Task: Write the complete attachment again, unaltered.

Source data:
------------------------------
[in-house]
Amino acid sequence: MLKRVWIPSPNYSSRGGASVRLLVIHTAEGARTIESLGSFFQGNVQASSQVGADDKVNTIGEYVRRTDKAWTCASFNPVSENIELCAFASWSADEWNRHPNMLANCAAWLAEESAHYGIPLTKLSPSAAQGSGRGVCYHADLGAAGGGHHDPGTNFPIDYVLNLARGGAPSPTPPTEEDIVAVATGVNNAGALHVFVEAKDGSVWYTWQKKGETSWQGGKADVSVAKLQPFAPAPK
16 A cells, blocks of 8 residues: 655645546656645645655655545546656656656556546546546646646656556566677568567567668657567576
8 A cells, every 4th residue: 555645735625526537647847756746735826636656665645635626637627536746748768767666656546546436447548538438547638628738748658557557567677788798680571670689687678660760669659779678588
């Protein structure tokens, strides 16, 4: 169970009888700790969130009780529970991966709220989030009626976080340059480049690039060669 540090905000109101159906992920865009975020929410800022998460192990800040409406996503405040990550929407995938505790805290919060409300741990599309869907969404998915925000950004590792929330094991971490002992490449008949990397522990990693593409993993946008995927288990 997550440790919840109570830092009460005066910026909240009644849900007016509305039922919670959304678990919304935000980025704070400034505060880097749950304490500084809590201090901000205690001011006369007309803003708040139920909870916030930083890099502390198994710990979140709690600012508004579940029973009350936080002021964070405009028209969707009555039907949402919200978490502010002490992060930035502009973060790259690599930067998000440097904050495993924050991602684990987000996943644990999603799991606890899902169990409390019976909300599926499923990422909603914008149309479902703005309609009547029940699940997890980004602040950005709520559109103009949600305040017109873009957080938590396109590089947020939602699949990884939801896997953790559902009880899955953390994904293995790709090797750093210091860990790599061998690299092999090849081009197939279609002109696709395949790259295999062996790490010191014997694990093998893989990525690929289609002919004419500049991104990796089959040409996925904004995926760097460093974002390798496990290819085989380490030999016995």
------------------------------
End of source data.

[in-house]
Amino acid sequence: MLKRVWIPSPNYSSRGGASVRLLVIHTAEGARTIESLGSFFQGNVQASSQVGADDKVNTIGEYVRRTDKAWTCASFNPVSENIELCAFASWSADEWNRHPNMLANCAAWLAEESAHYGIPLTKLSPSAAQGSGRGVCYHADLGAAGGGHHDPGTNFPIDYVLNLARGGAPSPTPPTEEDIVAVATGVNNAGALHVFVEAKDGSVWYTWQKKGETSWQGGKADVSVAKLQPFAPAPK
16 A cells, blocks of 8 residues: 655645546656645645655655545546656656656556546546546646646656556566677568567567668657567576
8 A cells, every 4th residue: 555645735625526537647847756746735826636656665645635626637627536746748768767666656546546436447548538438547638628738748658557557567677788798680571670689687678660760669659779678588
């Protein structure tokens, strides 16, 4: 169970009888700790969130009780529970991966709220989030009626976080340059480049690039060669 540090905000109101159906992920865009975020929410800022998460192990800040409406996503405040990550929407995938505790805290919060409300741990599309869907969404998915925000950004590792929330094991971490002992490449008949990397522990990693593409993993946008995927288990 997550440790919840109570830092009460005066910026909240009644849900007016509305039922919670959304678990919304935000980025704070400034505060880097749950304490500084809590201090901000205690001011006369007309803003708040139920909870916030930083890099502390198994710990979140709690600012508004579940029973009350936080002021964070405009028209969707009555039907949402919200978490502010002490992060930035502009973060790259690599930067998000440097904050495993924050991602684990987000996943644990999603799991606890899902169990409390019976909300599926499923990422909603914008149309479902703005309609009547029940699940997890980004602040950005709520559109103009949600305040017109873009957080938590396109590089947020939602699949990884939801896997953790559902009880899955953390994904293995790709090797750093210091860990790599061998690299092999090849081009197939279609002109696709395949790259295999062996790490010191014997694990093998893989990525690929289609002919004419500049991104990796089959040409996925904004995926760097460093974002390798496990290819085989380490030999016995």